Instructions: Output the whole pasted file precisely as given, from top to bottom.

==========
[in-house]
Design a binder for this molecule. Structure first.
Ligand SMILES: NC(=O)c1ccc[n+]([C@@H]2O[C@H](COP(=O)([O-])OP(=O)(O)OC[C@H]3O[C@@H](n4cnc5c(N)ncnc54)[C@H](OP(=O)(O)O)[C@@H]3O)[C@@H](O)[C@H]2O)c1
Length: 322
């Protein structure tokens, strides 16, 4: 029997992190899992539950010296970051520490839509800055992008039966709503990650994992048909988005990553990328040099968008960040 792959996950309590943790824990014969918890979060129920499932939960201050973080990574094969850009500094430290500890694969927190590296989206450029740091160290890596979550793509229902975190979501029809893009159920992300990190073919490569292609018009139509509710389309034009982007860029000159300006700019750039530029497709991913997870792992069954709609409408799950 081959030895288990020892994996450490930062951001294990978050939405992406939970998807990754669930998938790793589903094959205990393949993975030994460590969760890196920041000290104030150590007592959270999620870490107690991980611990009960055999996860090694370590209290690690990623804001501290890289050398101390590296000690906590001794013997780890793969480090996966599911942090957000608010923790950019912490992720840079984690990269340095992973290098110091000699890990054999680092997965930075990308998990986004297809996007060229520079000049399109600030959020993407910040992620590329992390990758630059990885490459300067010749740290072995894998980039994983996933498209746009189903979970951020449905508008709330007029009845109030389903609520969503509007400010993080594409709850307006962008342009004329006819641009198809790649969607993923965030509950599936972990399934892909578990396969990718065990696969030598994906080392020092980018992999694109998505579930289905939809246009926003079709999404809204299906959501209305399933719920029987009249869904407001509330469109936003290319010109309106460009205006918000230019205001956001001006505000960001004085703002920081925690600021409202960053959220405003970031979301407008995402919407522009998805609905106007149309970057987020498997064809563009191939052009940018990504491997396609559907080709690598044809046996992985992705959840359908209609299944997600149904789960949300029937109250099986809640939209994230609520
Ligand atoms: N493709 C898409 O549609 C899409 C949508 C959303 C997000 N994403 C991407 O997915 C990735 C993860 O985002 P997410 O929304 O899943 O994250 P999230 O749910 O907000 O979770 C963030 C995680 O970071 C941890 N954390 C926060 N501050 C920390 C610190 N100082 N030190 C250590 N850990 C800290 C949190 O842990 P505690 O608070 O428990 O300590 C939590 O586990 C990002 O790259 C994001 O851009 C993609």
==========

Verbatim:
[in-house]
Design a binder for this molecule. Structure first.
Ligand SMILES: NC(=O)c1ccc[n+]([C@@H]2O[C@H](COP(=O)([O-])OP(=O)(O)OC[C@H]3O[C@@H](n4cnc5c(N)ncnc54)[C@H](OP(=O)(O)O)[C@@H]3O)[C@@H](O)[C@H]2O)c1
Length: 322
């Protein structure tokens, strides 16, 4: 029997992190899992539950010296970051520490839509800055992008039966709503990650994992048909988005990553990328040099968008960040 792959996950309590943790824990014969918890979060129920499932939960201050973080990574094969850009500094430290500890694969927190590296989206450029740091160290890596979550793509229902975190979501029809893009159920992300990190073919490569292609018009139509509710389309034009982007860029000159300006700019750039530029497709991913997870792992069954709609409408799950 081959030895288990020892994996450490930062951001294990978050939405992406939970998807990754669930998938790793589903094959205990393949993975030994460590969760890196920041000290104030150590007592959270999620870490107690991980611990009960055999996860090694370590209290690690990623804001501290890289050398101390590296000690906590001794013997780890793969480090996966599911942090957000608010923790950019912490992720840079984690990269340095992973290098110091000699890990054999680092997965930075990308998990986004297809996007060229520079000049399109600030959020993407910040992620590329992390990758630059990885490459300067010749740290072995894998980039994983996933498209746009189903979970951020449905508008709330007029009845109030389903609520969503509007400010993080594409709850307006962008342009004329006819641009198809790649969607993923965030509950599936972990399934892909578990396969990718065990696969030598994906080392020092980018992999694109998505579930289905939809246009926003079709999404809204299906959501209305399933719920029987009249869904407001509330469109936003290319010109309106460009205006918000230019205001956001001006505000960001004085703002920081925690600021409202960053959220405003970031979301407008995402919407522009998805609905106007149309970057987020498997064809563009191939052009940018990504491997396609559907080709690598044809046996992985992705959840359908209609299944997600149904789960949300029937109250099986809640939209994230609520
Ligand atoms: N493709 C898409 O549609 C899409 C949508 C959303 C997000 N994403 C991407 O997915 C990735 C993860 O985002 P997410 O929304 O899943 O994250 P999230 O749910 O907000 O979770 C963030 C995680 O970071 C941890 N954390 C926060 N501050 C920390 C610190 N100082 N030190 C250590 N850990 C800290 C949190 O842990 P505690 O608070 O428990 O300590 C939590 O586990 C990002 O790259 C994001 O851009 C993609």